5. Use I statements. When we are angry, we want to yell, curse, insult, and blame our partners, but we often regret it after the fact. Instead of yelling and cursing, take a deep breath (see tip #3) and use I statements. I statements refer to speaking about you and how you feel, not insulting your partner. Instead of calling your partner a jerk or inconsiderate, we might say “I felt hurt when you made plans for me this weekend, assuming I would be free. I already had something important planned. Next time I would appreciate it if you spoke to me first.” Notice that this statement conveys that you are hurt, are referring to a specific behavior that your partner did, and are telling your partner exactly what you would like them to do in the future. It eliminates the unproductive insults and is not intended to be said while yelling or cursing. Using I statements doesn’t mean that your partner will always do as you like, but they are more likely to do it than insulting them. It also builds a better relationship and increases communication skills. Many people who get divorced have poor communication skills, and using I statements increases your communication skills, which also helps you in the long run. Additionally, expressing the fact that you are hurt shows vulnerability, and vulnerability is disarming. Someone was telling me the other day how they were vulnerable and apologized to their partner. Once he did that, their partner, who was originally irate, didn't know what to do. She seemed confused by the apology initially, but her anger quickly dissipated and they worked through their issues. In sum, instead of yelling and cursing, be vulnerable.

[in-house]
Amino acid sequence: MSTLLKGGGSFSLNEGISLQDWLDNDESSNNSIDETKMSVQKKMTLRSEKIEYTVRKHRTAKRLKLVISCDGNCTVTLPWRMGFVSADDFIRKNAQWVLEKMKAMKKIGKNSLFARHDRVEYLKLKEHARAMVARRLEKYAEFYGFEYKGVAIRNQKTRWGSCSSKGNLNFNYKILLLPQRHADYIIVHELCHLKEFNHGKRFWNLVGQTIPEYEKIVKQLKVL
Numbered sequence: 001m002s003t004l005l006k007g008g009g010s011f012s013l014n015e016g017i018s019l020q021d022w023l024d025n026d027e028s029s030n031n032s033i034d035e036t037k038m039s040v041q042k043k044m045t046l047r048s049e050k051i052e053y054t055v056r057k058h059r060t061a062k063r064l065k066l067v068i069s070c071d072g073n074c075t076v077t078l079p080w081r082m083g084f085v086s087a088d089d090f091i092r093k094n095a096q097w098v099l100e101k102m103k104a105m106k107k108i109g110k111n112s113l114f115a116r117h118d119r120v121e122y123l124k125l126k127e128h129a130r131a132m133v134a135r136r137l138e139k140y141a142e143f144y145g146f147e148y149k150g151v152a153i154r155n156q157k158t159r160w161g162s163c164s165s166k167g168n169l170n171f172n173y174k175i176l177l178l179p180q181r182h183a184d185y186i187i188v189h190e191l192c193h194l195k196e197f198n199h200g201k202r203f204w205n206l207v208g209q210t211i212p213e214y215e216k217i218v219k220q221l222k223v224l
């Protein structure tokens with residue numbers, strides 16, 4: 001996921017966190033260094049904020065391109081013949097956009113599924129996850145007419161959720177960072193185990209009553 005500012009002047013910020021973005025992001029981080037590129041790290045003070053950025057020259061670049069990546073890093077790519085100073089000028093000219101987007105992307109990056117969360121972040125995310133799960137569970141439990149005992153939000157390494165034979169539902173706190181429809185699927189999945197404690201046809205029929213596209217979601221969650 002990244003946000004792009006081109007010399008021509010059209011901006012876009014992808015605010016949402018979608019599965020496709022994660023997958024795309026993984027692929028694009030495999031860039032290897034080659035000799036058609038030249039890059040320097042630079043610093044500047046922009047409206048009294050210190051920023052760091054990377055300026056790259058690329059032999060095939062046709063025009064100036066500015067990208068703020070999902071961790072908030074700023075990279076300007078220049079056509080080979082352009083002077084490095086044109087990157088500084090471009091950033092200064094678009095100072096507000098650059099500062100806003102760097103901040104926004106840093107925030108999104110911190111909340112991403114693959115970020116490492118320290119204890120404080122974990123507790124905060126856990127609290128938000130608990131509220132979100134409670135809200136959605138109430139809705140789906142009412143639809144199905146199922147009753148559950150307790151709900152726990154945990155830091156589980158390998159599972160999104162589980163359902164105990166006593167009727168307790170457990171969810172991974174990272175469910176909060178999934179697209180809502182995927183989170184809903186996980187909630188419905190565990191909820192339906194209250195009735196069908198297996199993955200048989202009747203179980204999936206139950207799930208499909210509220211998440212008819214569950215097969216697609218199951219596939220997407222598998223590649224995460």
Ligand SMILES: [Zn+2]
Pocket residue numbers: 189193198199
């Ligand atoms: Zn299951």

These are just five tips that can help us and the more we practice them, the more effective they are. If it doesn’t work the first time, that’s okay, keep trying it. It is unrealistic to think that we can all of a sudden manage our anger. We have to be patient and invest time and practice. Similar to going to the gym, the more we go, the better the outcome. If you find that you still have difficulty giving with your anger after these tips, it might be helpful to reach out to a professional.